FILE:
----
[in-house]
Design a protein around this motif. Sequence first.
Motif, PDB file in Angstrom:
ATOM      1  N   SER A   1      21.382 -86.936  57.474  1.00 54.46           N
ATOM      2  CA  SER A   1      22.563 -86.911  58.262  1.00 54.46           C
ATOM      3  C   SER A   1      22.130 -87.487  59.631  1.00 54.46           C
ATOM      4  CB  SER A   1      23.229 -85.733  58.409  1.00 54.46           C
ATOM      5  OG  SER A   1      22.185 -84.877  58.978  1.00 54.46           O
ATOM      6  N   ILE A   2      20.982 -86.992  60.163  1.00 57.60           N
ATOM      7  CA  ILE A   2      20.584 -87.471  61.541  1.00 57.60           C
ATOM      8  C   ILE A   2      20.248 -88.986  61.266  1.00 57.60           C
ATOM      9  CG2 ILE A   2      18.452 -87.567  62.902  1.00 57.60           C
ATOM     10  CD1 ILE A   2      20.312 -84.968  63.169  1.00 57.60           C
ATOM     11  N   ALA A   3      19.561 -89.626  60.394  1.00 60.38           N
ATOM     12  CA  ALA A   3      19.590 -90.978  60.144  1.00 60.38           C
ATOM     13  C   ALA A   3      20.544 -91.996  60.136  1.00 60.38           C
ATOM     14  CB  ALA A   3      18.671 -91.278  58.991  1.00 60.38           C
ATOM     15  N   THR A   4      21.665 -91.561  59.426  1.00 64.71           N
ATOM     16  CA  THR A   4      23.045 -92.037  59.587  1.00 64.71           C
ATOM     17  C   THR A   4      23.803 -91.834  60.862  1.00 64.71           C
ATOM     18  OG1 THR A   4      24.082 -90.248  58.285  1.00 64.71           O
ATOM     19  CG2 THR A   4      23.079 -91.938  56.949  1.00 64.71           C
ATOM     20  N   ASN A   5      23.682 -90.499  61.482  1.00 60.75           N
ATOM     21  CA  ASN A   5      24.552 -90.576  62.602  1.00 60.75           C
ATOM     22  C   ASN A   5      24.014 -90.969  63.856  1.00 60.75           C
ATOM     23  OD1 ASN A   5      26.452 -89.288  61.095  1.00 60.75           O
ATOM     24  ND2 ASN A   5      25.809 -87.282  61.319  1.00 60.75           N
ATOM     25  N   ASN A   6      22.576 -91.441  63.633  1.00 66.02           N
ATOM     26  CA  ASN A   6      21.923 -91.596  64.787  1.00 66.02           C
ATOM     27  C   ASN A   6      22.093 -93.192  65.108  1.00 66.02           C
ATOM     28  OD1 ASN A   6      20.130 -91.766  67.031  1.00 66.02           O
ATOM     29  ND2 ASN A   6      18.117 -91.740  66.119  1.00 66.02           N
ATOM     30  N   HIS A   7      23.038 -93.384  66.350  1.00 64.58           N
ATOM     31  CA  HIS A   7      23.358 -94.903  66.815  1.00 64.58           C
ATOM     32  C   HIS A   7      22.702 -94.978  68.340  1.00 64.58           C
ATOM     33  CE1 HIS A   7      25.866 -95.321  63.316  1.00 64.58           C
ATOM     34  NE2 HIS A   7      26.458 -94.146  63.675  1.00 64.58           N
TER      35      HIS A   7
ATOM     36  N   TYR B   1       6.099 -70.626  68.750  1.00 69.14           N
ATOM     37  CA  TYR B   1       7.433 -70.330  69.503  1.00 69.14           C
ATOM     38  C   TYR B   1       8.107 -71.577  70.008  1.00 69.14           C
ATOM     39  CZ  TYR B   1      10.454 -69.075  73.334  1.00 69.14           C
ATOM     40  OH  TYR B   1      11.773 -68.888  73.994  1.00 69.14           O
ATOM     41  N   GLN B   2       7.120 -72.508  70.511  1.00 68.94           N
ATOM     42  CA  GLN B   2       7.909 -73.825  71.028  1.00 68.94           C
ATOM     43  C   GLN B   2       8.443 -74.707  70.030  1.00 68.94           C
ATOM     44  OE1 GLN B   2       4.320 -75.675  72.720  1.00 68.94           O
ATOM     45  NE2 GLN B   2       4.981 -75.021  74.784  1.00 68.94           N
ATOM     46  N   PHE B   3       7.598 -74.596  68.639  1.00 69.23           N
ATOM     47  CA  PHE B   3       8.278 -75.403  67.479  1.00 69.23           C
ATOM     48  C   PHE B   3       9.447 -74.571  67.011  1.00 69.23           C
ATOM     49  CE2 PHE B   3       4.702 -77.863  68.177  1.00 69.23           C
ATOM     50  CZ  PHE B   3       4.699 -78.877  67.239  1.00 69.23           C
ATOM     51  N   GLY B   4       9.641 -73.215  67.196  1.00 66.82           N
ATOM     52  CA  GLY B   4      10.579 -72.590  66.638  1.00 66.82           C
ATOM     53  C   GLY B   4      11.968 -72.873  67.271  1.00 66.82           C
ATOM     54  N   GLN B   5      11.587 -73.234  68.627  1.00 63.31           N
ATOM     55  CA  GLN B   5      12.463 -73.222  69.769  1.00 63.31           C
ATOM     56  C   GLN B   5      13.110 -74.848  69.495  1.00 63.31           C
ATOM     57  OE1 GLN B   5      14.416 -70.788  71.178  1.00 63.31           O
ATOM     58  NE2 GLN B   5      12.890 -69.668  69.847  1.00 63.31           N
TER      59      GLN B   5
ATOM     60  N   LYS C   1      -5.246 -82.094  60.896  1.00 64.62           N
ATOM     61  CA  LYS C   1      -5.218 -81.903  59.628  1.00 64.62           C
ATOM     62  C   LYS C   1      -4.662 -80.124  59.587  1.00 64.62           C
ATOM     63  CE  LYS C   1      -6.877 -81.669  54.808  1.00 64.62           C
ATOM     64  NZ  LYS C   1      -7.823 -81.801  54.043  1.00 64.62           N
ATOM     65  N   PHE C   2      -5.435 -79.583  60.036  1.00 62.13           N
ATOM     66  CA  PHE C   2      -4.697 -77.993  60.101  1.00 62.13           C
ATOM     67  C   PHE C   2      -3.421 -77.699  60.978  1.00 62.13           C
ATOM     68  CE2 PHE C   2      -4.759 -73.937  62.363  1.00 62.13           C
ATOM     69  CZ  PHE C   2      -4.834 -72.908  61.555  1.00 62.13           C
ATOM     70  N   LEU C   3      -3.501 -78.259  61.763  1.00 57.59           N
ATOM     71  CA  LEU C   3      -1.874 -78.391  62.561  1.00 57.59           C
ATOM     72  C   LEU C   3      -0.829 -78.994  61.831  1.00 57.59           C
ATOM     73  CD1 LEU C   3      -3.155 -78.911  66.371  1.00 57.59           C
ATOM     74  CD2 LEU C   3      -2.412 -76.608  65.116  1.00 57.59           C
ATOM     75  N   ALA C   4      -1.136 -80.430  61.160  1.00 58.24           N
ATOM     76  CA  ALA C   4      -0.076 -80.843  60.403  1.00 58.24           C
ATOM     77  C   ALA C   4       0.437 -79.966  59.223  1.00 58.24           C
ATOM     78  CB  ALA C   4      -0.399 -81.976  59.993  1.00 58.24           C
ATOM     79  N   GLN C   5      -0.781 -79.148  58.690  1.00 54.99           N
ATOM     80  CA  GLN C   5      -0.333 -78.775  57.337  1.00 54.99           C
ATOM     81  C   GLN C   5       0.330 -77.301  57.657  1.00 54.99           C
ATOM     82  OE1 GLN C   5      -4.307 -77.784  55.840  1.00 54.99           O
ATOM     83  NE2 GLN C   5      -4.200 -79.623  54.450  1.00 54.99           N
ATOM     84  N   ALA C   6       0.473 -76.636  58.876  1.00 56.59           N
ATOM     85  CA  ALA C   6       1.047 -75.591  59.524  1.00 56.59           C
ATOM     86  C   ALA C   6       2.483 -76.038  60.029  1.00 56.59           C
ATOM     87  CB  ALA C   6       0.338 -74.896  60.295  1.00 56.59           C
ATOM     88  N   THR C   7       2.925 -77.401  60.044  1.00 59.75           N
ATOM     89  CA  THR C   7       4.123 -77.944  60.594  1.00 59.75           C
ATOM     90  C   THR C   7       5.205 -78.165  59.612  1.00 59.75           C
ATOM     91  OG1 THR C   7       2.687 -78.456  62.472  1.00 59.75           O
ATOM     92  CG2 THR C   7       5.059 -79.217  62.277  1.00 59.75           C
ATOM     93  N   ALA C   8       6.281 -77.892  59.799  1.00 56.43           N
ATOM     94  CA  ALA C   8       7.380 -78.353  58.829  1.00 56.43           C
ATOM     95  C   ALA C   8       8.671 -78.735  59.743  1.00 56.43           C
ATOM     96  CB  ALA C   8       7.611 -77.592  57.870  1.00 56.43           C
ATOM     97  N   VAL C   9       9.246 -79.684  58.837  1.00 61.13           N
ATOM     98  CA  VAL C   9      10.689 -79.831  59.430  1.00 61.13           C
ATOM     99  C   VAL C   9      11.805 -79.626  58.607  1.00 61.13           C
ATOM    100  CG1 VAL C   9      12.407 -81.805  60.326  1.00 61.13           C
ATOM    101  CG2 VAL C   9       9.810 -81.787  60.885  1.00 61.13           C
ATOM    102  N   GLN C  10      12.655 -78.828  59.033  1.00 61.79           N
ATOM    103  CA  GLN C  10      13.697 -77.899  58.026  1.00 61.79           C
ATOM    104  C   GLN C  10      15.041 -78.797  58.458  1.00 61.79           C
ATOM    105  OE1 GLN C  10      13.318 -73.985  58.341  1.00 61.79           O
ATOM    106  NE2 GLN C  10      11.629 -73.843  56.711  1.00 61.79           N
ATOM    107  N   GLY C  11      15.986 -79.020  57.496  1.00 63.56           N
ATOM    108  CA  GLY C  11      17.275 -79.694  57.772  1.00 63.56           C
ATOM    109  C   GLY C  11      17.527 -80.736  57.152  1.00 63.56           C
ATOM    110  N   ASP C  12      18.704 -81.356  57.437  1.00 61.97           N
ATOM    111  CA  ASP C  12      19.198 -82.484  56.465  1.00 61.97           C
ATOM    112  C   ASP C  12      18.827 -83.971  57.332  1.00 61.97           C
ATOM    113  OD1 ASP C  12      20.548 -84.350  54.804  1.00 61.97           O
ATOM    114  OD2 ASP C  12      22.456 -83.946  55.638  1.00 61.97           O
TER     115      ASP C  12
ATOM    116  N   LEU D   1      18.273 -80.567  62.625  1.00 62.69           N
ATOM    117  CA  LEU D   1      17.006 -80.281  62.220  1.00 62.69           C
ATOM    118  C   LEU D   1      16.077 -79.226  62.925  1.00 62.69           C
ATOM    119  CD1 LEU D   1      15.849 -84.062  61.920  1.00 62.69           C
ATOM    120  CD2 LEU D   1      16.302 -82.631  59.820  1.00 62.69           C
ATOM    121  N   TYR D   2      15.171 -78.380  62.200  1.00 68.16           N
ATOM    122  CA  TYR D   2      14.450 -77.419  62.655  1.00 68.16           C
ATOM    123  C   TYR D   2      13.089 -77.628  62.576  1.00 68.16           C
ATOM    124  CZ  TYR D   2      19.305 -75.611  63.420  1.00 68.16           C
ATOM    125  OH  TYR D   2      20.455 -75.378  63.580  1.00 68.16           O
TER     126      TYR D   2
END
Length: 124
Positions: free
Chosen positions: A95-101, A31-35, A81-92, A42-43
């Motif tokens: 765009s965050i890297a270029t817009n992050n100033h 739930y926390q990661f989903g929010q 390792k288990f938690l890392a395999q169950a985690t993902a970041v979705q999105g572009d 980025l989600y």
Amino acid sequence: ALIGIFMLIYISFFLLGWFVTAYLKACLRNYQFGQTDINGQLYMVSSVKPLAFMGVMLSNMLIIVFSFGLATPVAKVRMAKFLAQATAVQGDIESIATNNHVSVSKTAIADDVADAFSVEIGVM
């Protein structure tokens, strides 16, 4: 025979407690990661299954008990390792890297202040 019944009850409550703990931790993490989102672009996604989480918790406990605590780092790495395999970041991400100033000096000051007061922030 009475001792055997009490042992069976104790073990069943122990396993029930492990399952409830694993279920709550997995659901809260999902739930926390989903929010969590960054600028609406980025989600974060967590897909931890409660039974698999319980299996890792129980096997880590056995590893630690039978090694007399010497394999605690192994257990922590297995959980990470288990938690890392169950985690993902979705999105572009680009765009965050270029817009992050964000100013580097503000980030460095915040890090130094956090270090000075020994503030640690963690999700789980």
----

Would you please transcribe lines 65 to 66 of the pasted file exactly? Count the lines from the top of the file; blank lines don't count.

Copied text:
ATOM     62  C   LYS C   1      -4.662 -80.124  59.587  1.00 64.62           C
ATOM     63  CE  LYS C   1      -6.877 -81.669  54.808  1.00 64.62           C